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Compare the ways in which Duffy and Heaney write about unhappiness and suffering. In your response you must include a critical discussion of at least three poems.

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English Assignment Word Count: 2,576 Compare the ways in which the poets write about unhappiness and suffering. In your response you must include a critical discussion of at least three poems. Throughout this comparative analysis, I will discuss the various ways in which the poets use lexis, imagery and structure to convey the sentiment and themes within the text. I have chosen Lizzie, Six and Shooting Stars by Carol Ann Duffy and Requiem for the Croppies by Seamus Heaney. The poems are all linked with suffering by the hands of an oppressive force. Lizzie by her abuser, the Jewish heroine by the Nazi?s and the Irish by the English. The poems offer vivid and individual style to describe mutual suffering within varied circumstances. The titles of each poem are intended to capture the reader?s attention from the start. Lizzie, Six, is laid out as such to show the youth of the character of Lizzie. Not only in her name being abbreviated in a youthful manner, but the placement of the comma slows the reader down, forcing them to contemplate the purity of a child that age. She is able to establish an immediate sense of dread. In Shooting Stars, Duffy provides us with an ambiguous beginning. ?Stars? is representative of the Star of David and ?Shooting? in the literal sense of the ?stars? being shot. Alternatively, Duffy may have been using the title metaphorically as a shooting star, representative of fleeting life for the Jewish people throughout the Nazi regime. ...read more.


The effect it has is it to double the meaning and subsequently intensify the horror of the suffering she endured in this situation. Heaney represents the emotional suffering in the form of their love of the country, not necessarily the Irishmen individually but as a whole, due to the oppression from the English ? ?we moved quick and sudden in our own country?. Heaney demonstrates the resentment of the Irish in this sentence and ?the priest lay behind ditches with the tramp? ? Heaney juxtaposes the holiest man with the lowliest man, neither had any advantage over the other when it came to slaughter from their oppressors. The personification Heaney offers upon the Irish defeat on Vinegar Hill ?The Hillside blushed, soaked in our broken wave?; Provokes the emotional and physical in the form of slight embarrassment at their being ill equipped to deter the English attack ?shaking scythes at cannon? but also the physicality or their blood staining the green of the fields to red. The first and last line include the imagery of barley, a symbol for revolution and independence (Morgan, Classnotes, 2015). Heaney uses Irony from the barley that the Irish rebels carried in their pockets for food, was in fact the very same that enabled the barley ?to grow up ?out of the grave? fertilized by the blood of Irish souls. Critic Paul Hurt says that the first line ?The pockets of our greatcoats full of barley? and the last line ?And in August the barley grew up out of the grave? ?are contrived. ...read more.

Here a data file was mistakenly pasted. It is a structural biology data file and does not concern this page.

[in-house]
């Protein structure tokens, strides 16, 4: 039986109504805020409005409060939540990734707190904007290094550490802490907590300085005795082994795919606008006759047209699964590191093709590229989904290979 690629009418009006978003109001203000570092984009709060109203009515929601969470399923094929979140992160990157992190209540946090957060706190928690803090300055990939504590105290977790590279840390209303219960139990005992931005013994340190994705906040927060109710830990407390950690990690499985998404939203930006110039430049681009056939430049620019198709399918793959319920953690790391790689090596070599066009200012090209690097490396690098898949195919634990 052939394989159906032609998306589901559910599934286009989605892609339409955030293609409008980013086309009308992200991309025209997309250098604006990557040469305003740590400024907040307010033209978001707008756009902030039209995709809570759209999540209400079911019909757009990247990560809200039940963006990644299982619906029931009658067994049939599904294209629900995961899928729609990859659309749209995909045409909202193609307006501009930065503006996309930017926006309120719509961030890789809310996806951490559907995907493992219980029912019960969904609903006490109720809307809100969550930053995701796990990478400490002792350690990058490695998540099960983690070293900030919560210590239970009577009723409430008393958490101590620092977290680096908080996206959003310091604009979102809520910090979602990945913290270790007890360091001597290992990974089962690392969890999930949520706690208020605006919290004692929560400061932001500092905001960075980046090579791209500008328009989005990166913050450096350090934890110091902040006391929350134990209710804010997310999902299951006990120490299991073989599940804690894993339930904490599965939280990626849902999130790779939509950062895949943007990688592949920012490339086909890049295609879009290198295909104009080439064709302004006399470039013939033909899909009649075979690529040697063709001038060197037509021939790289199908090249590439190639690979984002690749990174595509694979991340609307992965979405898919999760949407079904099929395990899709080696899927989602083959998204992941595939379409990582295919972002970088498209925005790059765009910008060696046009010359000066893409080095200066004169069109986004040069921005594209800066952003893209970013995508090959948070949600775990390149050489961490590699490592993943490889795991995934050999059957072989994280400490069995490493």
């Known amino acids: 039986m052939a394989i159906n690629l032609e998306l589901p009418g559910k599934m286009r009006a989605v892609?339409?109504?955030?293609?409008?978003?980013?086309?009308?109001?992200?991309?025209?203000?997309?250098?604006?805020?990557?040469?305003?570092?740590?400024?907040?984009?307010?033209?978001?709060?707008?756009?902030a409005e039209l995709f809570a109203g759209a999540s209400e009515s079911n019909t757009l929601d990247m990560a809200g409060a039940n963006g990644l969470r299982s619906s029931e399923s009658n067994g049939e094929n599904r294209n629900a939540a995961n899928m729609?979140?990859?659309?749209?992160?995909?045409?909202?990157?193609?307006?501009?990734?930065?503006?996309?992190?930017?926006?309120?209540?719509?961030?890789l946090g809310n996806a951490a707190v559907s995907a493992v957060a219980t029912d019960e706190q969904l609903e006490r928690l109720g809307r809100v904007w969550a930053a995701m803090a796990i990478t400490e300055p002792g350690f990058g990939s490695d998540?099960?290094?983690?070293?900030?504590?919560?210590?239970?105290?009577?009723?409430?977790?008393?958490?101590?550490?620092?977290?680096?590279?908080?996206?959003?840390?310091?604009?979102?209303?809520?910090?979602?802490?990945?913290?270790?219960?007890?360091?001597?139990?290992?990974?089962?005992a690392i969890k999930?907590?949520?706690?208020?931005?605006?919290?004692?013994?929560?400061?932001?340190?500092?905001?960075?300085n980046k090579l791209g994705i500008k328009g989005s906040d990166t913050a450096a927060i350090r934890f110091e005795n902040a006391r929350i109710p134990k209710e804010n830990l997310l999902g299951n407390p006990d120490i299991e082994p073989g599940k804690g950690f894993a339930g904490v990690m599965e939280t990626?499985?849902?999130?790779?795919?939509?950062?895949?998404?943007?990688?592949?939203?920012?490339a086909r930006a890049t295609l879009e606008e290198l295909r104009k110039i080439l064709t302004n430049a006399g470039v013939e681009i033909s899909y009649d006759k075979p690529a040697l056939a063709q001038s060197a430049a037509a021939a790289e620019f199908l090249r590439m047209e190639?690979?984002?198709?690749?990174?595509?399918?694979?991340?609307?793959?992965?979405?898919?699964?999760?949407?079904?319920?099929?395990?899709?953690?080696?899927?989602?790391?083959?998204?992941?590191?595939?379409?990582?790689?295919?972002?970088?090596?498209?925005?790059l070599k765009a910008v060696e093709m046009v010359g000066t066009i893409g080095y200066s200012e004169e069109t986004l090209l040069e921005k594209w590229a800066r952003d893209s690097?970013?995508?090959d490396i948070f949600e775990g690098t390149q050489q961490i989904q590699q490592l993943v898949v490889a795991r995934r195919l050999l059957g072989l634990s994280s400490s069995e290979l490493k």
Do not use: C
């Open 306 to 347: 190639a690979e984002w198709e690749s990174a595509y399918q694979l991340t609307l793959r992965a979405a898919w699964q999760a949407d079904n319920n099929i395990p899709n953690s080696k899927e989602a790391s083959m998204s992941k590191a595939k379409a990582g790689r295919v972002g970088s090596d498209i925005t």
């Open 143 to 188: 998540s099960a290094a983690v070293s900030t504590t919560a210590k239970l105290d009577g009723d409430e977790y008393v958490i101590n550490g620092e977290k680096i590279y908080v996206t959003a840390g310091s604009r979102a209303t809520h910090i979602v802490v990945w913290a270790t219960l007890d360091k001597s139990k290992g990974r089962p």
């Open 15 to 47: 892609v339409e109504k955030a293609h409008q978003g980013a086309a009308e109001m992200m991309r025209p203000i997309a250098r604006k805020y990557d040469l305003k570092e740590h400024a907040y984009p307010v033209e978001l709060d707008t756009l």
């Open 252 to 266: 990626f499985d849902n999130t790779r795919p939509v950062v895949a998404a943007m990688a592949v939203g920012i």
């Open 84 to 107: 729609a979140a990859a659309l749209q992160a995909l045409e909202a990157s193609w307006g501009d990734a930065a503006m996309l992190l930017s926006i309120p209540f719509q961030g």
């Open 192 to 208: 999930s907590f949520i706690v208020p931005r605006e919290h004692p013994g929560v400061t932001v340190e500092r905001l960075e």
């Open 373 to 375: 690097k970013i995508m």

an All three poems have a common theme of rhyme, but the intention is different. Lizzie, Six and Requiem show tail rhyme and holorime both in an effort to make the poem memorable, but Duffy uses this in Lizzie, Six to exaggerate the loss of innocence of a child. Rhyming the poem in a simplistic child-like manner emphasises the haunting suffering. Whereas Heaney uses this technique to signify the remembrance theme of the poem, taking the literal of making the poem memorable and easy to read. All three poems have a common connection to the suffering imposed from an oppressor. For Lizzie, Six, Lizzie is suffering at the hands of her abuser. For Shooting Stars, the Jewish women and the Jewish race are suffering from the oppression of the Nazis and for Requiem for the Croppies, the Irishmen suffering for the loss of their land to the English. Shooting Stars and Requiem have a sub-theme of remembrance and Lizzie Six, the loss of innocence. Though loss of innocence can be found in Shooting Stars and Requiem, their sufferance is predominantly for a race, and land rather than innocence. Regular assonance and consonance are used throughout all three poems, but to different ends, similarly with intentional use of rhyming. The poems vividly highlight suffering throughout, with careful word choice, simplistic yet vulgar in Lizzie, Six to make the suffering more haunting, Grim and factual in Shooting Stars to exaggerate the horror of the suffering and militant and simple to aid the remembrance of the those who suffered in Requiem for the Croppies. ...read more.

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